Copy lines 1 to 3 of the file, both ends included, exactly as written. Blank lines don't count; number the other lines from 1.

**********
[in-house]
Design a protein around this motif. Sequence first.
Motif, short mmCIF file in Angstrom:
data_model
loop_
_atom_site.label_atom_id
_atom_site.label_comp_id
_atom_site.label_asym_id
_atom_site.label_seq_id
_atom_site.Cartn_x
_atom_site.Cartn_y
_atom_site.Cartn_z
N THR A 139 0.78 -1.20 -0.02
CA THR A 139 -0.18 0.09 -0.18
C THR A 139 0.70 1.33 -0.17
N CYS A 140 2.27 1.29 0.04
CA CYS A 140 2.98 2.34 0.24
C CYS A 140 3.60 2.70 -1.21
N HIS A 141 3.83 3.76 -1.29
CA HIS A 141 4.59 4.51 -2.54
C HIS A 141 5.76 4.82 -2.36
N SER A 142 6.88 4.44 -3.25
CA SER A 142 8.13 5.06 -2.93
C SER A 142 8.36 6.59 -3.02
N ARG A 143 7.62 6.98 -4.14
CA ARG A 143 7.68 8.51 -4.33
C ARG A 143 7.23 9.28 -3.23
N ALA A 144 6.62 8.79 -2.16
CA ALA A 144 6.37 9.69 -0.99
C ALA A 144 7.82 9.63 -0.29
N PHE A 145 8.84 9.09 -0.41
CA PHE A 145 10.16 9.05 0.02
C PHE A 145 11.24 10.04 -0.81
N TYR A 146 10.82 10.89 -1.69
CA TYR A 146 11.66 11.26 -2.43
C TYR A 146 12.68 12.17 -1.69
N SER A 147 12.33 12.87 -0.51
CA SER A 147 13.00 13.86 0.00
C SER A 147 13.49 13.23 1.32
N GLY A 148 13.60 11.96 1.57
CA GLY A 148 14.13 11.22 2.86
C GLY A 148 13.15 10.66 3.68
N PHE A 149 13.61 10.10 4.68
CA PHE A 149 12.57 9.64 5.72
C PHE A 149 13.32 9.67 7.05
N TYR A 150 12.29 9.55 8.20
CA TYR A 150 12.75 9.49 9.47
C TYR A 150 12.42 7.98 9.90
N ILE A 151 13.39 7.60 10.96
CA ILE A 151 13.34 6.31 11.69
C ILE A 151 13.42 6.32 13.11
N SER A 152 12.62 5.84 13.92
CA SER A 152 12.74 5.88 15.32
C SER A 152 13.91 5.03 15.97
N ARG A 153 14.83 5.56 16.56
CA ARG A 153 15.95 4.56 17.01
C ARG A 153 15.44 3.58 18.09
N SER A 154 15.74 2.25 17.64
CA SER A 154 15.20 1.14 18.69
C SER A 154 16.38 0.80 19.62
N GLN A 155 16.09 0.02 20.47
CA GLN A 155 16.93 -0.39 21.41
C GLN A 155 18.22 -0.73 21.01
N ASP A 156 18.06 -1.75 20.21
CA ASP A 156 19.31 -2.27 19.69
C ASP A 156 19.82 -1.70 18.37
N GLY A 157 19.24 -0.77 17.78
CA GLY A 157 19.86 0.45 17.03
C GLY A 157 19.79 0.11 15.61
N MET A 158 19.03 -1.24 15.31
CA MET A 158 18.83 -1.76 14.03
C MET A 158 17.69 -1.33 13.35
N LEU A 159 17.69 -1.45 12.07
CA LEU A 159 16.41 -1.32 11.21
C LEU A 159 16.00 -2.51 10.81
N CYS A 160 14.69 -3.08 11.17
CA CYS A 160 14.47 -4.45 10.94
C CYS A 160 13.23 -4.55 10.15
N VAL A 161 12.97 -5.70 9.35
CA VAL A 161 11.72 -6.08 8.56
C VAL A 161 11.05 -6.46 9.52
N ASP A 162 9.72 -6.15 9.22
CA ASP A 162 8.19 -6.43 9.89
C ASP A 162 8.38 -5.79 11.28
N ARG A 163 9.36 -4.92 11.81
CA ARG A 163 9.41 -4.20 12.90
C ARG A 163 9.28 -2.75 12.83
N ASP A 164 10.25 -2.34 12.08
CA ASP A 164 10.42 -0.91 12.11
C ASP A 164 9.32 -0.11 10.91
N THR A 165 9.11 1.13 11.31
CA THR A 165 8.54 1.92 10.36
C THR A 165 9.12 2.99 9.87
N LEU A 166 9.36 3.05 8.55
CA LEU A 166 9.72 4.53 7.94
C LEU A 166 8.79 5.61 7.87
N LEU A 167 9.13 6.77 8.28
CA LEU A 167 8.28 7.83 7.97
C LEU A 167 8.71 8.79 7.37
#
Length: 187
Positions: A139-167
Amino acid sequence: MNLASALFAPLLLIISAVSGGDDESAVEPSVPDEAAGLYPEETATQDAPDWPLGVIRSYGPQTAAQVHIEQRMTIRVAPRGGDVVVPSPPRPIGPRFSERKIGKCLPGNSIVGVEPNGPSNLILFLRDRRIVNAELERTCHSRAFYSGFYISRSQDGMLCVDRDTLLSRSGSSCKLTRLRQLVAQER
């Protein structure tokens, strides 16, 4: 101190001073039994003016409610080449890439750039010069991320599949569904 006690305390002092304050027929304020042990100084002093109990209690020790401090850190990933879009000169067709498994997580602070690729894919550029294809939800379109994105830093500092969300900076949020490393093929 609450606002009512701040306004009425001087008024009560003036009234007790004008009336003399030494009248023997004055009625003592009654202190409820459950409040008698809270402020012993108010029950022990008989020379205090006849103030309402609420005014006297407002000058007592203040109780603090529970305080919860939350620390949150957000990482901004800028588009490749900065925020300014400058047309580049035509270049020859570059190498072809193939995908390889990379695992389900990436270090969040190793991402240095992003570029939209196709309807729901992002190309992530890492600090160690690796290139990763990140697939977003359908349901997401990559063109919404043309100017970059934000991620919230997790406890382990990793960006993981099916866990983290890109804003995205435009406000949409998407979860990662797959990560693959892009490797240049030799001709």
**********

[in-house]
Design a protein around this motif. Sequence first.
Motif, short mmCIF file in Angstrom: